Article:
Etagz v. Cheri Magazine et al, No. 2:2010cv01266 - Document 82 (D. Utah 2012)

Court Description: MEMORANDUM DECISION granting 44 Motion to Dismiss ; granting 50 Motion for Discovery; finding as moot 69 Motion for Discovery; denying 75 Motion to Strike. Signed by Judge Dale A. Kimball on 11/19/12. (jlw)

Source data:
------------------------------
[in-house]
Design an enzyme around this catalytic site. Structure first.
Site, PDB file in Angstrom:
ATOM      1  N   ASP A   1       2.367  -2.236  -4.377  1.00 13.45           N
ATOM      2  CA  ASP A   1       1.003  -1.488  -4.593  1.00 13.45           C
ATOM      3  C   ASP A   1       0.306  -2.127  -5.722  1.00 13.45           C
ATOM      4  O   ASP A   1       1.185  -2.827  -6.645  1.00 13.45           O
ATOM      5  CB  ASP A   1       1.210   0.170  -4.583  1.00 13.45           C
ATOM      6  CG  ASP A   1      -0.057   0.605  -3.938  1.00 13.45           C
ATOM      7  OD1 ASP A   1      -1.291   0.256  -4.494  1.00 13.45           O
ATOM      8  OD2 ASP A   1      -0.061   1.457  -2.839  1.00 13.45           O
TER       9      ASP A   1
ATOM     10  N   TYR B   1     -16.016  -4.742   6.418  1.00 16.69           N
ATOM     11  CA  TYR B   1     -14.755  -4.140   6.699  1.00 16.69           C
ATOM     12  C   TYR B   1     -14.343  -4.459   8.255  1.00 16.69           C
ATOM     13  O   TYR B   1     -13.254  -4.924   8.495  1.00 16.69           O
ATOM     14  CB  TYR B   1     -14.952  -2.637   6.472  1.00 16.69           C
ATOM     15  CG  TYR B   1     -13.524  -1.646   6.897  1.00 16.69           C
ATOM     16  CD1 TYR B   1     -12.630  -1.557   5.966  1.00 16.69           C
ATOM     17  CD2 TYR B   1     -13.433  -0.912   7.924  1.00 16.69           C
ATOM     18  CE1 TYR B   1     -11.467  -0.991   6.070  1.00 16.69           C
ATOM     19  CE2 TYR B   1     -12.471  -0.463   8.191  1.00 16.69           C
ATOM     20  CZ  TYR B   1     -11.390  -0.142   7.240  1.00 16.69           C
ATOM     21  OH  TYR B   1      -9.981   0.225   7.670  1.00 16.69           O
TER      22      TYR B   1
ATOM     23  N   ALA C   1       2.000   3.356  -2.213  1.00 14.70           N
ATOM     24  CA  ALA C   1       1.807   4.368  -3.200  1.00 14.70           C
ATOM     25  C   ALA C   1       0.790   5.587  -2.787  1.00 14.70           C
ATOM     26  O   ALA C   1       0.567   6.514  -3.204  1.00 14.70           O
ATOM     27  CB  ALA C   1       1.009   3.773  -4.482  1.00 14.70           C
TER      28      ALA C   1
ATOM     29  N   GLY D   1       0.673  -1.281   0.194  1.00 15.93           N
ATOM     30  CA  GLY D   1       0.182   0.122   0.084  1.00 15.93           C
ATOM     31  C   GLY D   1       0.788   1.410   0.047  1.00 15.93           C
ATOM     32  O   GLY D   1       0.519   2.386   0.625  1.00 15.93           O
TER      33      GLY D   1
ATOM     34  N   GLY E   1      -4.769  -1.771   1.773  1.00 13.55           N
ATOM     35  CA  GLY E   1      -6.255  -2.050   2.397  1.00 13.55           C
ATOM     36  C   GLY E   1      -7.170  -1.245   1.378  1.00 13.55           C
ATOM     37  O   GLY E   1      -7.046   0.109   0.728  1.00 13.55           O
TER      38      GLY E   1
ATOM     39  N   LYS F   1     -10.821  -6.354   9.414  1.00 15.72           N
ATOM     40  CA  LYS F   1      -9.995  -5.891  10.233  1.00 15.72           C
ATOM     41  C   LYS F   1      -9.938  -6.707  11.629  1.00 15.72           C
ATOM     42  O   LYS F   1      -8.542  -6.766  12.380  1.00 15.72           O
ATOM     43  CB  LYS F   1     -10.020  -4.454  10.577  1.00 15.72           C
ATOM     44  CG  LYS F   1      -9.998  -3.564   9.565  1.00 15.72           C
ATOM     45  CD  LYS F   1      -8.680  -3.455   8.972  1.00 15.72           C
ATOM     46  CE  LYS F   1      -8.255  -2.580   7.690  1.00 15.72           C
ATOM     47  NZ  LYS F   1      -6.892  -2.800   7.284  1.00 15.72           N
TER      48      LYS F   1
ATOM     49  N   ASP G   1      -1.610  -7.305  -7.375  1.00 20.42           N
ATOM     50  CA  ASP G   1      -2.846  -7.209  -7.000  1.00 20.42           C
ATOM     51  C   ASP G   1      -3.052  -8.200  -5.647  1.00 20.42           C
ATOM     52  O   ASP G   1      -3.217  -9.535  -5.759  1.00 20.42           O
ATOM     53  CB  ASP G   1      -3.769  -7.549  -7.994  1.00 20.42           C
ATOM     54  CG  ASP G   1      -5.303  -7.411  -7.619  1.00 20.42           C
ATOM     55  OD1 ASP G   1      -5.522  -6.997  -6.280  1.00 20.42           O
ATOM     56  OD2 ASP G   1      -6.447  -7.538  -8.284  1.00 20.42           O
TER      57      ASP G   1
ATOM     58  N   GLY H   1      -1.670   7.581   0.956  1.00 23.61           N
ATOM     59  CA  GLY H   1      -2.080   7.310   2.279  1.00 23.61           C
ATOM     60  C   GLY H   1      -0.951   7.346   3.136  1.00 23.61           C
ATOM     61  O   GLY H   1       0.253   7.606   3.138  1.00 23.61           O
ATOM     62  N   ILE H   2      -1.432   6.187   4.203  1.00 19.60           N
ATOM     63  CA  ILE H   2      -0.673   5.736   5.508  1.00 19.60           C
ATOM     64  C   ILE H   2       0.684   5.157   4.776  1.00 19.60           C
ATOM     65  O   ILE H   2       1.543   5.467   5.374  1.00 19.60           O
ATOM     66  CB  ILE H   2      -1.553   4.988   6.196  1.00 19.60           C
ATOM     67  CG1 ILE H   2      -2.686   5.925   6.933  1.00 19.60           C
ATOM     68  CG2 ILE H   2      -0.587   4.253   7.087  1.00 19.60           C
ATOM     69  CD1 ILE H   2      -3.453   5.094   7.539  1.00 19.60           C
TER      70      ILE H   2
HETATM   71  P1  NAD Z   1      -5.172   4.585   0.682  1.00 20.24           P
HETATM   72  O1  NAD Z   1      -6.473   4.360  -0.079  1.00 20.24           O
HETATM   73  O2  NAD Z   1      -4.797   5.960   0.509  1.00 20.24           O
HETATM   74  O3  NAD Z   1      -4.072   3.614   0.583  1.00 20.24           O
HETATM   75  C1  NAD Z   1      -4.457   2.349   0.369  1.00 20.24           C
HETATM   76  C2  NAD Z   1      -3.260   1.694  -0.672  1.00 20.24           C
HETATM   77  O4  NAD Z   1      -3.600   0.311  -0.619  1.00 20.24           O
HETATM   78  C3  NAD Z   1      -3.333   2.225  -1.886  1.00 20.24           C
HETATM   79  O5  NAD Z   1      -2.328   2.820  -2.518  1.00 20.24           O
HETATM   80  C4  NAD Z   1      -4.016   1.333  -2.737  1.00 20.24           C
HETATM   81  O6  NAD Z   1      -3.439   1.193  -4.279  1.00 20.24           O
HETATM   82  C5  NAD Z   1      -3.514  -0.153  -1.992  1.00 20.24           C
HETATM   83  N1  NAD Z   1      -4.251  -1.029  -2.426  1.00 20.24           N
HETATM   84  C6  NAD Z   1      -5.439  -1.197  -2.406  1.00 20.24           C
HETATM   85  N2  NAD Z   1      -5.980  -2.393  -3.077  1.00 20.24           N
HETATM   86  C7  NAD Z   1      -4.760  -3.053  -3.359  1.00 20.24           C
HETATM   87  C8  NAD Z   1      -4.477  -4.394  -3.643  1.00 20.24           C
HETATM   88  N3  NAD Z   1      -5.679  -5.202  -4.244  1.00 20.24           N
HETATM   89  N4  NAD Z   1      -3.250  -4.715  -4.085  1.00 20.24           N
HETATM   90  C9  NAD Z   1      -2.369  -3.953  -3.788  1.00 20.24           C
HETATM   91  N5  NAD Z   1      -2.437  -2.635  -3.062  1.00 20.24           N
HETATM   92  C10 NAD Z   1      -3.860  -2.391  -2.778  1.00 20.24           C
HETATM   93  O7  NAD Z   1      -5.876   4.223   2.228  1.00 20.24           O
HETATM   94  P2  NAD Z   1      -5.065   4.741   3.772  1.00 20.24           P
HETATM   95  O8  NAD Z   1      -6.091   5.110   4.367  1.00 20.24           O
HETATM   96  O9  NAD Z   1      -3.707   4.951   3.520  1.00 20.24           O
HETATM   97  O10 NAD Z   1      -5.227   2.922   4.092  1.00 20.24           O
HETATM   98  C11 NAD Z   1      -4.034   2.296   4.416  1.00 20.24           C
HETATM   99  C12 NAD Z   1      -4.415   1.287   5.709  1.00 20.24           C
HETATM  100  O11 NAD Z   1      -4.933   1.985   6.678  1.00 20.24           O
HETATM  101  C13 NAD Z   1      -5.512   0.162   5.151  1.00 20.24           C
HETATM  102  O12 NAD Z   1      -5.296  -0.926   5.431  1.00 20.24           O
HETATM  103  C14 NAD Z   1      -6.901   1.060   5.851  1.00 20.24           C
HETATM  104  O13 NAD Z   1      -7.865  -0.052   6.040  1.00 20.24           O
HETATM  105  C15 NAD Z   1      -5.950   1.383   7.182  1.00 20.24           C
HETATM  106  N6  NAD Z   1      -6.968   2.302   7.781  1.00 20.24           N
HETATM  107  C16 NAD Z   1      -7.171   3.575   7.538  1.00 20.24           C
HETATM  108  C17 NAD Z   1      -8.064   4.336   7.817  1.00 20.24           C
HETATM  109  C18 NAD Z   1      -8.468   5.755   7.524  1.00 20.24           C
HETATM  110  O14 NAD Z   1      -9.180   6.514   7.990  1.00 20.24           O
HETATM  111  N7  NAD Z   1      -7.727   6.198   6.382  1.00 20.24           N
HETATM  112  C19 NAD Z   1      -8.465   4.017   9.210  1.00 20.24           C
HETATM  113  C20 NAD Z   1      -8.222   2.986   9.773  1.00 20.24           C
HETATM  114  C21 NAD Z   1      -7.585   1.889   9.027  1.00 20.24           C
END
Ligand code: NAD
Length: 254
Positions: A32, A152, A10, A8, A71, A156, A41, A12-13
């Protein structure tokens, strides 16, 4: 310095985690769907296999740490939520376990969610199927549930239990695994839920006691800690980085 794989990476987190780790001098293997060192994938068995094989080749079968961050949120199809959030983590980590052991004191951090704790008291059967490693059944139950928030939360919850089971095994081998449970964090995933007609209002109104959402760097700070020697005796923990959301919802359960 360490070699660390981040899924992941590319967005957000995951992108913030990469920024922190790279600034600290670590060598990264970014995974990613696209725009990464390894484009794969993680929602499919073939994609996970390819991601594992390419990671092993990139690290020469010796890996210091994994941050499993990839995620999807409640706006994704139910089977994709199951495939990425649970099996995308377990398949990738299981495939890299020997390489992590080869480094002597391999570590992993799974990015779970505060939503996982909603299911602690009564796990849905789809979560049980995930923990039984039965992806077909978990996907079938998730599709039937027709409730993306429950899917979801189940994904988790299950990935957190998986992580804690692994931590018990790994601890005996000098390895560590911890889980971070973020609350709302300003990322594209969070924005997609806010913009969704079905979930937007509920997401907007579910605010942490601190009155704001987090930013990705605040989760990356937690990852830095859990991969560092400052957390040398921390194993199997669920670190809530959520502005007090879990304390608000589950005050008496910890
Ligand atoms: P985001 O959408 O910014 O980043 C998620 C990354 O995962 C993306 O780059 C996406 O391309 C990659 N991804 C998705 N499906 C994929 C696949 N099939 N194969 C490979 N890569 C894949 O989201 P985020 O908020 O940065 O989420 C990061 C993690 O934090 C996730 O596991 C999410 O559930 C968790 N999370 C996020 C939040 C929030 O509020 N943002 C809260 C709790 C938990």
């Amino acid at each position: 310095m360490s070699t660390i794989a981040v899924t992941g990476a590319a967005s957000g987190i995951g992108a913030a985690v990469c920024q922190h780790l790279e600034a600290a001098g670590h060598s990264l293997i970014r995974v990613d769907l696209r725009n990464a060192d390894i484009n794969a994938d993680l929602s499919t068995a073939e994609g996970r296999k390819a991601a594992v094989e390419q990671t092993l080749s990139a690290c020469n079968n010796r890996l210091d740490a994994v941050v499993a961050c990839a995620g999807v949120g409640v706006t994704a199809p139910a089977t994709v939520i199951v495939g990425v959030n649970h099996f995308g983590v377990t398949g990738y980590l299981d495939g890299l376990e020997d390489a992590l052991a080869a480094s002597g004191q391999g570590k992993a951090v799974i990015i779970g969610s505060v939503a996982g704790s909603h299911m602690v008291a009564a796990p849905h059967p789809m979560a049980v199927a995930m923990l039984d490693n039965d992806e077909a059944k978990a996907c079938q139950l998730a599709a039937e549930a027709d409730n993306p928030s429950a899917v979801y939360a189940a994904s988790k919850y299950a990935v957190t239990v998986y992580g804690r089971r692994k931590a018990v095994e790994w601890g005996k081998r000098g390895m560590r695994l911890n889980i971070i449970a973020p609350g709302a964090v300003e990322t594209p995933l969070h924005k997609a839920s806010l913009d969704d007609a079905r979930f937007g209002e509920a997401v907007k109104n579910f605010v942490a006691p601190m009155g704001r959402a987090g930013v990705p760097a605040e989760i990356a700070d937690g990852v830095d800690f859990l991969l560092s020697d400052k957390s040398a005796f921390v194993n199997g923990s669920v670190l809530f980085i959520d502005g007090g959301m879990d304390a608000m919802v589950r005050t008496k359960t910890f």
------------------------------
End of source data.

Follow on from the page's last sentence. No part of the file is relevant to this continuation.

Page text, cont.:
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IN THE UNITED STATES DISTRICT COURT FOR THE DISTRICT OF UTAH CENTRAL DIVISION ETAGZ, INC., Plaintiff, vs. MEMORANDUM DECISION AND ORDER CHERI MAGAZINE et al., Defendants. Case No. 2:10CV1266 DAK This matter is before the court on (1) the GGW and Magna Defendants ( Defendants ) Motion to Dismiss Plaintiff s Third Amended Complaint for Patent Infringement,1 (2) Plaintiff Etagz Inc. s ( Plaintiff ) Motion for Discovery, (3) Plaintiff s Rule 56(d) Motion; and (4) Defendants Motion to Strike Plaintiff s Reply in Support of Motion for Limited Discovery and Plaintiff s Rule 56(d) Motion for Discovery. A hearing on the motions was held on September 12, 2012. At the hearing, the GGW and Magna Defendants were represented by Bryon J. Benevento, and Plaintiff Etagz, Inc. was represented by Joseph Pia. The court has carefully considered the memoranda and other materials submitted by the parties. Since taking the matter under advisement, the court has further considered the law and facts relating to these motions. Now being fully advised, the court renders the following Memorandum Decision and Order. Defendants have filed a Motion to Dismiss Plaintiff s Third Amended Complaint for Patent Infringement pursuant to Rule 12(b)(2) of the Federal Rules of Civil Procedure, arguing 1 The GGW and Magna Defendants are comprised of GGW Brands, LLC; GGW Marketing, LLC; GN Media Corp.; and Magna Publishing Group that the court lacks both specific and general jurisdiction over Defendants and that Plaintiff has failed to allege any jurisdictional facts justifying the court s exercise of personal jurisdiction. Specifically, they argue that the Defendants lack continuous and systematic contacts with the State of Utah, and that the Third Amended Complaint makes no allegations to support the exercise of general jurisdiction. In addition, Defendants contend, the court lacks specific jurisdiction over the Defendants because the Defendants have not purposefully availed themselves of the benefits and protections of the State of Utah and the exercise of jurisdiction would not be reasonable. In addition, Defendants argue, they do not make the magazine in Utah or make any direct sales of the magazine into the State of Utah, nor has Etagz alleged that they have done so.2 Plaintiff, on the other hand, argues that it has adequately plead everything necessary for personal jurisdiction because . . . proper venue includes proper jurisdiction. 3 In addition, Plaintiff argues, Form 18 of the Appendix of Forms to the Federal Rules of Civil Procedure ( Form 18") sets forth a sample complaint for direct patent infringement, and Plaintiff claims that it has followed the requirements of that form, which is all that is necessary to allege jurisdiction. In the alternative, Plaintiff asks to conduct limited discovery on the issue of personal jurisdiction. 2 Even under the attenuated "stream of commerce" theory of specific jurisdiction, Defendants contend, the GGW Defendants have not had sufficient contacts with Utah by virtue of the acts of third party distributor, Curtis, to justify the exercise of personal jurisdiction. 3 Docket No. 50, Pl. s Mem. in Opp n at 11, 13. 2 DISCUSSION The instant case has endured a tortured beginning. The Complaint was filed in December 2010.4 After the court issued an Order to Show Cause in May 2011as to why Plaintiff had not accomplished service of process,5 Plaintiff filed an Amended Complaint,6 and, approximately three months later, Plaintiff filed a Motion for Extension of Time to Serve the Amended Complaint.7 On August 19, 2011, the court granted an extension until September 23, 2011 to accomplish service.8 The Summonses for at least some of the named Defendants were filed on September 22, 3011.9 Soon thereafter, on October 12, 2011, Plaintiff filed a Motion for Leave to File Second Amended Complaint, which the court granted on October 17, 2011.10 The Second Amended Complaint was filed on October 19, 2011.11 On November 3, 2011, Defendants filed a Motion to Dismiss, arguing that Plaintiff s allegations of patent infringement in the Second Amended Complaint did not identify any specific products of the GGW and Magna Defendants that 4 Docket No. 2. 5 Docket No. 4. 6 Docket No. 6. 7 Docket No. 7. 8 Docket No. 9. 9 See Docket No. 15-19. 10 11 Docket Nos. 22, 24. Docket No. 25. 3 Plaintiff accuses of infringement. After full briefing and oral argument on March 21, 2012, the court granted the motion, except that it did not grant Defendants request that separate actions be filed against each Defendant. The court then permitted Plaintiff to file a Third Amended Complaint.12 On April 20, 2012, the Third Amended Complaint was filed,13 and on May 7, 2012, Defendants filed the instant Motion to Dismiss.14 In the briefing on the instant motion, Plaintiff complains about its fear that Defendants might be attempting to drag this litigation out,15 but, as set forth above, the delay in this case appears to have been caused by Plaintiff not Defendants. Plaintiff also complains about Defendants failure to raise the jurisdictional argument in its first motion to dismiss, but, as Defendants point out, they did not know what patents were being accused, and thus, they could not so argue. Plaintiff s inclusion of these unsupported and tangential attacks pertaining to Defendant s actions do nothing to move the case along or to assist the court in deciding the issues at hand. Similarly, the court is troubled by Plaintiff s mischaracterization of at least some of the evidence.16 12 Docket Nos. 39, 40. 13 Docket No. 41. 14 15 Docket No. 44. See e.g., Docket No. 51, n.1; Docket No. 80 at 3, 7-8. 16 For example, Plaintiff asserts in its Memorandum in Opposition that [t]he GGW Defendants have admitted that they have shipped their products to Utah via an established distribution chain. See Docket No. 51 at 7 (referring to Defendants Mem. In Supp. at 4). Similarly, Plaintiff states that [the] GGW Defendants admit that they have sold hundreds of their infringing products in Utah. Id. 4 Having reviewed the Third Amended Complaint and the significant briefing filed by both sides on the instant Motion to Dismiss, the court finds that Plaintiff s arguments regarding the sufficiency of its jurisdictional allegations contained in the Third Amended Complaint are without merit. There is no authority for the proposition that conclusorily alleging that venue is sufficient is all that is necessary to make a prima facie showing of jurisdiction. Moreover, Plaintiff s reliance on Form 18" and the Federal Circuit s decision in In re Bill of Lading Transmission & Processing System Patent Litigation, 681 F.3d 1323 (Fed. Cir. 2012) case is misplaced, as neither Form 18 nor the Bill of Lading decision does anything to change binding case law authority or the Constitutional requirements pertaining to a court s exercise of personal jurisdiction. Finally, many of the allegations discussed in the briefing of the instant motion to dismiss simply do not appear in the Third Amended Complaint, which is the operative pleading. The court cannot look to the many allegations contained in the briefing to determine whether the Complaint sufficiently sets forth a basis for personal jurisdiction. Accordingly, the court finds The court, however, was not able to find any such statement by Defendants on the referenced page or anywhere else in Defendants Memorandum in Support. To the contrary, Defendants state that [i]n January 2008, GGW Brands entered into an exclusive distribution agreement with Curtis Circulation Company, LLC ("Curtis"), located in New Jersey, under which Curtis had sole control over the distribution of the magazine, including sole control over selecting wholesalers, retailers, and agent to sell and distribute the magazine . . . . Also, [n]either GGW Brands nor GGW Magazine LLC took possession of distribution copies of the magazines from the time Transcontinental printed them to the time Curtis distributed them. Neither GGW Brands no GGW Magazine LLC was directly involved in the distribution of the magazines to retailers or to subscribers. See Defs Mem. in Supp. at 6 (emphasis added). Defendants also contend that Curtis sold a total of approximately 238 copies of (any issue of) the magazine to distributors in Utah and that [t]he GGW Defendants and GGW Magazine LLC have not manufactured or themselves sold any of the accused magazines in Utah. Id. (emphasis added). 5 that the Third Amended Complaint does not make a prima facie showing of jurisdiction, and thus, the Third Amended Complaint is dismissed. Plaintiff, however, has at least suggested some bases for specific personal jurisdiction (but not general personal jurisdiction) in its briefing, and has suggested that additional information will help determine whether the court may exercise jurisdiction. Accordingly, the court, out of an abundance of caution, will permit some very limited discovery on the specific personal jurisdiction issue. Plaintiff s discovery, however, must be narrowly tailored and reasonable in light of the issue to be addressed. Because Plaintiff is on tenuous ground in being permitted to conduct any discovery, given that Plaintiff has already made four attempts to file a Complaint, and because the Third Amended Complaint was so devoid of any jurisdictional basis that one could reasonably argue that Plaintiff has embarked on a fishing expedition, the court will not favorably view any unreasonable discovery requests. Plaintiff is hereby admonished that any attempt to discover information beyond the scope of what is necessary to make a showing of specific personal jurisdiction will result in the court s dismissing the Third Amended Complaint with prejudice, upon motion of Defendants.17 For example, Plaintiff s proposed list of items subject to discovery, contained in the Declaration of Joseph G. Pia, attached to the Motion for Rule 56(d) discovery is far too broad and cumbersome.18 The court cannot envision why Plaintiff would need all the information requested in paragraphs b, c, d, e, and f of the Affidavit for the 17 Defendants, however, should exercise discretion in so moving and cooperate to the extent possible in providing the necessary information requested by Plaintiff. 18 Docket No. 70, Ex. 1. 6 narrow purpose of alleging a jurisdictional basis. Plaintiff is directed to focus on its alter ego allegations and on its stream of commerce theory, although Plaintiff should be aware that even under a general stream of commerce argument, there must be a finding that the defendant purposefully directed its activities at the forum state. See e.g, J McIntyre Mach, Ltd. v. Nicastro, 131 S. Ct. 2780, 2785 (2011); Asahi Metal Indus. Co., Ltd v. Superior Court of Cal., Solano County, 480 U.S. 102, 112 (1987) (explaining that mere awareness that the goods may enter the forum state does not constitute purposeful direction); Maynard v. Philadelphia Cervical Collar Co., Inc., 18 F. App'x 814, 817 (Fed. Cir. 2001) ("Introducing a product into a stream of commerce is insufficient to establish personal jurisdiction-there must be an additional act to satisfy constitutional due process requirements."); Envirotech Pumpystems, Inc. v. Sterling Fluid Sys. (Schweiz) AG, Civ. No. 2:99CV814DAK, 2000 WL 35459756, at * 8 (D. Utah Nov. 16, 2000) (unpublished) ("this court finds that merely placing a product in the stream of commerce, without more, is not enough for this court to exercise personal jurisdiction); Allen-Bradley Co., Inc. v. Datalink Techs., Inc., 55 F. Supp. 2d 958, 961 (E.D. Wis. 1999) ("Although the Asahi court was divided on whether an act in addition to placing an article in the stream of commerce was necessary for a finding of personal jurisdiction, it nevertheless agreed that knowledge that the product would end up in the forum state was essential."). In addition, Plaintiff should bear in mind that Defendants will not bear the burden of establishing jurisdiction. Rather, after jurisdictional discovery, [w]hen analyzing specific personal jurisdiction over a nonresident defendant, a 7 court considers whether: (1) the defendant purposefully directed its activities at residents of the forum state, (2) the claim arises out of or relates to the defendant's activities with the forum state, and (3) assertion of personal jurisdiction is reasonable and fair. Elecs. For Imaging, 340 F.3d at 1350. The plaintiff has the burden of proving parts one and two of the test, and then the burden shifts to the defendant to prove that personal jurisdiction is unreasonable. Id. As this court previously explained [t]he first two factors correspond with the minimum contacts' prong of the International Shoe [ v. Washington, 326 U.S. 310, 66 S.Ct. 154, 90 L.Ed. 95 (1945) ] analysis, and the third factor corresponds with the fair play and substantial justice prong of the analysis. Inamed Corp., 249 F.3d at 1360. Grober v. Mako Products, Inc., 686 F.3d 1335, 1346 (Fed. Cir. 2012) (emphasis added). Plaintiff will be permitted to conduct discovery until February 28, 2013. During that time, Plaintiff may propound no more than 25 interrogatories and 25 requests for production of documents, and it may conduct no more than six depositions. After that time, if there is a basis for this court s exercise of jurisdiction, Plaintiff may file a Fourth Amended Complaint, provided that it is filed by March 29, 2013. In any future Complaint, Plaintiff is directed to specifically address the jurisdictional basis regarding each Defendant. CONCLUSION For the foregoing reasons, IT IS HEREBY ORDERED that Defendants Motion to Dismiss Plaintiff s Third Amended Complaint for Patent Infringement [Docket No 44] is GRANTED, and the Third Amended Complaint is DISMISSED without prejudice; Plaintiff s Motion for Discovery [Docket No. 50] is GRANTED, and Plaintiff s Rule 56(d) Motion [Docket No 69] is DENIED AS MOOT; Defendants Motion to Strike [Docket No. 75] is DENIED. The specific parameters of the permissible discovery is set forth above, as is the deadline for conducting the limited discovery and for filing a Fourth Amended Complaint if a jurisdictional 8 basis exists. DATED this 19th day of November, 2012. BY THE COURT: DALE A. KIMBALL United States District Judge 9